By LINDSEY BAHR
AP Film Writer
This summer at the movies, Tom Cruise is back in the cockpit behind those iconic aviators. Doctors Grant, Sattler and Ian Malcolm are returning for another round with the dinosaurs. Natalie Portman is picking up Thor’s hammer. And Jordan Peele is poised to terrify us with the unknown. Again.
Hollywood is bringing out some of its biggest and most reliable players for the 2022 summer movie season, which unofficially kicks off this weekend with the help of Marvel and Disney’s “ Doctor Strange and the Multitverse of Madness ” and runs through the end of August. It’s an uncertain time for the movie business as studios and exhibitors are still making up for losses incurred during the pandemic and adjusting to new ways of doing business, including shortened release windows, competition from streaming and the need to feed their own services. And everyone is wondering if moviegoing will ever return to pre-pandemic levels.
But though the pandemic lingers on, there is optimism in the air.
“We’re still waiting for older audiences to come back. But it really feels like we’ve turned a corner,” said Jim Orr, the head of domestic distribution for Universal Pictures. “You get the impression that audiences want to be out, they want to be in theaters. I think it’s going to be an extraordinary summer.”
Last week, studio executives and movie stars schmoozed with theater owners and exhibitors at a convention in Las Vegas, proudly hyping films that they promise will get audiences back to the movie theaters week after week.
Expectations are particularly high for “Top Gun: Maverick,” which Paramount Pictures will release on May 27 after two years of pandemic postponements. Producer Jerry Bruckheimer says he never waivered for a moment in wanting to release “Top Gun: Maverick” – a full-throttle action film made with extensive aerial photography, practical effects and up to six cameras inside fighter-jet cockpits — exclusively in theaters.
“It’s the kind of movie that embraces the experience of going to the theater. It takes you away. It transports you. We always say: We’re in the transportation business. We transport you from one place to another, and that’s what ‘Top Gun’ does,” Bruckheimer said. “There’s a lot of built-up demand for some movies and hopefully we’re one of them.”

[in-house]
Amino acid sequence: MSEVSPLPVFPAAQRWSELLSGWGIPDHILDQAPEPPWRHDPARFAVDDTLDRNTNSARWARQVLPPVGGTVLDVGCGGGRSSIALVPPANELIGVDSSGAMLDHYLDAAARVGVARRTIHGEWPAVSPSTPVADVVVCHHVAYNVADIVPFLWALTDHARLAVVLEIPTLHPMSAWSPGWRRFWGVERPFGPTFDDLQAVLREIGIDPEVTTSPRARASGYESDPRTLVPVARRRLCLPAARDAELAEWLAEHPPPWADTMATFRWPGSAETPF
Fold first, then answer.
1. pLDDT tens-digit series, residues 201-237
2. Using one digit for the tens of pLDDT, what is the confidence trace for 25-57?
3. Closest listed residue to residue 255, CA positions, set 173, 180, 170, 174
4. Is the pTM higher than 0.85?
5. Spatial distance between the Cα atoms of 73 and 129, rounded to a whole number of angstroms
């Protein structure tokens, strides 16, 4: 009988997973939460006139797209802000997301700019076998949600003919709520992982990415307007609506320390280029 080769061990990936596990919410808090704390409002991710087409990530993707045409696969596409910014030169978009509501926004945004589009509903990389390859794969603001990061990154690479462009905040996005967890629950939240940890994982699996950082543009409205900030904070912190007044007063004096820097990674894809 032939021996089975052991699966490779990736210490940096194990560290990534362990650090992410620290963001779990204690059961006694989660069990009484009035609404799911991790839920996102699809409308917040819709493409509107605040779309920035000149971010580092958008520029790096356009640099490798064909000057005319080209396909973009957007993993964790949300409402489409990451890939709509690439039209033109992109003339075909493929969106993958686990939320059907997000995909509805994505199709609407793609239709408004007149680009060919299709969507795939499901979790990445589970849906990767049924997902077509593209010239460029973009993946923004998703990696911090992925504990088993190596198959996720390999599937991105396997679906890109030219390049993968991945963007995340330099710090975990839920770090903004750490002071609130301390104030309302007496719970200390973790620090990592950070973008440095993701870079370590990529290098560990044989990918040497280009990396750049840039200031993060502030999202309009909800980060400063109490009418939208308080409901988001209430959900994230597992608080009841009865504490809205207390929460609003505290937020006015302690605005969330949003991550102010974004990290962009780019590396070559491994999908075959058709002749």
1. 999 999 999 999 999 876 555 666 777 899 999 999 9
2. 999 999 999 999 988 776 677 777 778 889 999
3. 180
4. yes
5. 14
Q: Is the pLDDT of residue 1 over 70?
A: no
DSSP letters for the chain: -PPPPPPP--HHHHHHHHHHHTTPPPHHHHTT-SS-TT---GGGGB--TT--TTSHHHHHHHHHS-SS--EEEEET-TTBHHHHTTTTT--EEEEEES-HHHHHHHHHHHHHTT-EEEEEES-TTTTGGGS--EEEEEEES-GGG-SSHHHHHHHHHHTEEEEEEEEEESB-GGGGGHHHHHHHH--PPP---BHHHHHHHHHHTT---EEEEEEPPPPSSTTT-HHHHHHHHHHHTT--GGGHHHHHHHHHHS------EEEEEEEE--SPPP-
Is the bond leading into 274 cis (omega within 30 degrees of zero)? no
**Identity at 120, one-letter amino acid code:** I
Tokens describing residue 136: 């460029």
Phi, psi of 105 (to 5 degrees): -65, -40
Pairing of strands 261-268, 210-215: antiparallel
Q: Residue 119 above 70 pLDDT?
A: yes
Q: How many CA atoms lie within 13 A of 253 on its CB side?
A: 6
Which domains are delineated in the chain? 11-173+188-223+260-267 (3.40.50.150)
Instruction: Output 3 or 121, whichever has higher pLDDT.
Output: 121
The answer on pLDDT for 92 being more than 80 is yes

The movie industry has already had several notable hits in the past six months too, including “ Spider-Man: No Way Home,” now the third highest grossing film of all time, “ The Batman,” “ The Lost City ” and, though smaller, “Everything Everywhere All At Once.” The hope is that the momentum will only pick up in the coming months.
Before the pandemic, the summer movie season could reliably produce over $4 billion in ticket sales, or about 40% of the year’s grosses according to Comscore. But in 2020, with theaters closed for the majority of the season and most releases pushed, that total plummeted to $176 million. Last summer presented a marked improvement with $1.7 billion, but things were hardly back to normal — many chose to either delay releases further or employ hybrid strategies.
Now everyone is refocusing on theatrical, though slates are slimmer. The ticketing service Fandango surveyed more than 6,000 ticket-buyers recently and 83% said they planned to see three or more movies on the big screen this summer. And, not insignificantly, Netflix last month also reported its first subscriber loss in 10 years and expects to lose two million more this quarter.
“Finally, it is movie time, with blockbuster after blockbuster after blockbuster after blockbuster,” said Adam Aron, chairman and CEO of AMC Theatres, the nation’s largest theater chain. He touted franchises like “Doctor Strange 2,” “Top Gun 2,” “Jurassic World: Dominion,” (June 10) and “Thor: Love and Thunder” (July 8), “new film concepts” like Jordan Peele’s “Nope” (July 22) and “Elvis” (June 24) and family friendly offerings from “Lightyear” (June 17) to “Minions: The Rise of Gru” (July 1).
“It’s a bold statement, but this summer could potentially be on par with 2019, which would be monumental for the movie industry,” said Paul Dergarabedian, the senior media analyst for Comscore.
Analysts are predicting “Doctor Strange 2” could open to $170 million this weekend, double that of the first film. Marvel and Disney then follow that with the new Thor, which picks up with Hemsworth’s character traveling around with the Guardians of the Galaxy after “Endgame” and wondering “what now?”
“Thor is just trying to figure out his purpose, trying to figure out exactly who he is and why he’s a hero or whether he should be a hero,” said director Taika Waititi. “I guess you could call it a midlife crisis.”